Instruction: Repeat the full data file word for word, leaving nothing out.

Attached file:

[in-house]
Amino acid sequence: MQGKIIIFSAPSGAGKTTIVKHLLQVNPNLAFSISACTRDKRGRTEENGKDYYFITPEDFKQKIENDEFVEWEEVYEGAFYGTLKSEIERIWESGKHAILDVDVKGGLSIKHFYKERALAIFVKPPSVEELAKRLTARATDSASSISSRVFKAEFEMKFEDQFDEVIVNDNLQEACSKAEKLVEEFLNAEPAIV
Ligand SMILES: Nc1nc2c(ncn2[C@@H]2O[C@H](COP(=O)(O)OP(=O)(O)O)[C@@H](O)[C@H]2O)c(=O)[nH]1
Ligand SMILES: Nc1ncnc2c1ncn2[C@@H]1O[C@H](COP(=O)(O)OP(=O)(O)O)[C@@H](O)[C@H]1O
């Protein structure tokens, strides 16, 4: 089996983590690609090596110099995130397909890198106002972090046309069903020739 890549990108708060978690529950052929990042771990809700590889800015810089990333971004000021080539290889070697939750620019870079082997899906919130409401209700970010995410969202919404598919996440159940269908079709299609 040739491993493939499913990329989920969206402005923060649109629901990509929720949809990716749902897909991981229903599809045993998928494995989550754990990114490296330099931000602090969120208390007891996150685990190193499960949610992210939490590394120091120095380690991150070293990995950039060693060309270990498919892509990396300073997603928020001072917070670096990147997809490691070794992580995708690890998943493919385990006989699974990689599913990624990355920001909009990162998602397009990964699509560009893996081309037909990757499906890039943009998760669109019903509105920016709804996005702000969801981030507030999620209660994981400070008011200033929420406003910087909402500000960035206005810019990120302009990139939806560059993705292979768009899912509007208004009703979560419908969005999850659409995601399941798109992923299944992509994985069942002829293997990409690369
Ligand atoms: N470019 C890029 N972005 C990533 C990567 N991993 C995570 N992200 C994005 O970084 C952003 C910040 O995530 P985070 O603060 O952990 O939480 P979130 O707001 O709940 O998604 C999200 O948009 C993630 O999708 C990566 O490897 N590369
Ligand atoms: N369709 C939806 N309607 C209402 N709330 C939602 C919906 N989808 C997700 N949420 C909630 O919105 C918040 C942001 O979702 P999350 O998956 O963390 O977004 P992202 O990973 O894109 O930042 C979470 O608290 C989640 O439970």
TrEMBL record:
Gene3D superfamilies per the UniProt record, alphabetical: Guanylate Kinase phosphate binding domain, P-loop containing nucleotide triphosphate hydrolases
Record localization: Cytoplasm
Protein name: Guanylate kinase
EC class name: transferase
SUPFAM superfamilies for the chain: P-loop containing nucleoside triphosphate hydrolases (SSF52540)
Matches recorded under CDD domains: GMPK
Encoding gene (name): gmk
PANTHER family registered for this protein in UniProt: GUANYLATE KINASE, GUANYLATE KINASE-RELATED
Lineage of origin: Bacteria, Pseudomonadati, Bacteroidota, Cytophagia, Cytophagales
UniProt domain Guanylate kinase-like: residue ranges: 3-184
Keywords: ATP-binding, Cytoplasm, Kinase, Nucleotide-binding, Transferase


[in-house]
Amino acid sequence: MQGKIIIFSAPSGAGKTTIVKHLLQVNPNLAFSISACTRDKRGRTEENGKDYYFITPEDFKQKIENDEFVEWEEVYEGAFYGTLKSEIERIWESGKHAILDVDVKGGLSIKHFYKERALAIFVKPPSVEELAKRLTARATDSASSISSRVFKAEFEMKFEDQFDEVIVNDNLQEACSKAEKLVEEFLNAEPAIV
Ligand SMILES: Nc1nc2c(ncn2[C@@H]2O[C@H](COP(=O)(O)OP(=O)(O)O)[C@@H](O)[C@H]2O)c(=O)[nH]1
Ligand SMILES: Nc1ncnc2c1ncn2[C@@H]1O[C@H](COP(=O)(O)OP(=O)(O)O)[C@@H](O)[C@H]1O
């Protein structure tokens, strides 16, 4: 089996983590690609090596110099995130397909890198106002972090046309069903020739 890549990108708060978690529950052929990042771990809700590889800015810089990333971004000021080539290889070697939750620019870079082997899906919130409401209700970010995410969202919404598919996440159940269908079709299609 040739491993493939499913990329989920969206402005923060649109629901990509929720949809990716749902897909991981229903599809045993998928494995989550754990990114490296330099931000602090969120208390007891996150685990190193499960949610992210939490590394120091120095380690991150070293990995950039060693060309270990498919892509990396300073997603928020001072917070670096990147997809490691070794992580995708690890998943493919385990006989699974990689599913990624990355920001909009990162998602397009990964699509560009893996081309037909990757499906890039943009998760669109019903509105920016709804996005702000969801981030507030999620209660994981400070008011200033929420406003910087909402500000960035206005810019990120302009990139939806560059993705292979768009899912509007208004009703979560419908969005999850659409995601399941798109992923299944992509994985069942002829293997990409690369
Ligand atoms: N470019 C890029 N972005 C990533 C990567 N991993 C995570 N992200 C994005 O970084 C952003 C910040 O995530 P985070 O603060 O952990 O939480 P979130 O707001 O709940 O998604 C999200 O948009 C993630 O999708 C990566 O490897 N590369
Ligand atoms: N369709 C939806 N309607 C209402 N709330 C939602 C919906 N989808 C997700 N949420 C909630 O919105 C918040 C942001 O979702 P999350 O998956 O963390 O977004 P992202 O990973 O894109 O930042 C979470 O608290 C989640 O439970």
TrEMBL record:
Gene3D superfamilies per the UniProt record, alphabetical: Guanylate Kinase phosphate binding domain, P-loop containing nucleotide triphosphate hydrolases
Record localization: Cytoplasm
Protein name: Guanylate kinase
EC class name: transferase
SUPFAM superfamilies for the chain: P-loop containing nucleoside triphosphate hydrolases (SSF52540)
Matches recorded under CDD domains: GMPK
Encoding gene (name): gmk
PANTHER family registered for this protein in UniProt: GUANYLATE KINASE, GUANYLATE KINASE-RELATED
Lineage of origin: Bacteria, Pseudomonadati, Bacteroidota, Cytophagia, Cytophagales
UniProt domain Guanylate kinase-like: residue ranges: 3-184
Keywords: ATP-binding, Cytoplasm, Kinase, Nucleotide-binding, Transferase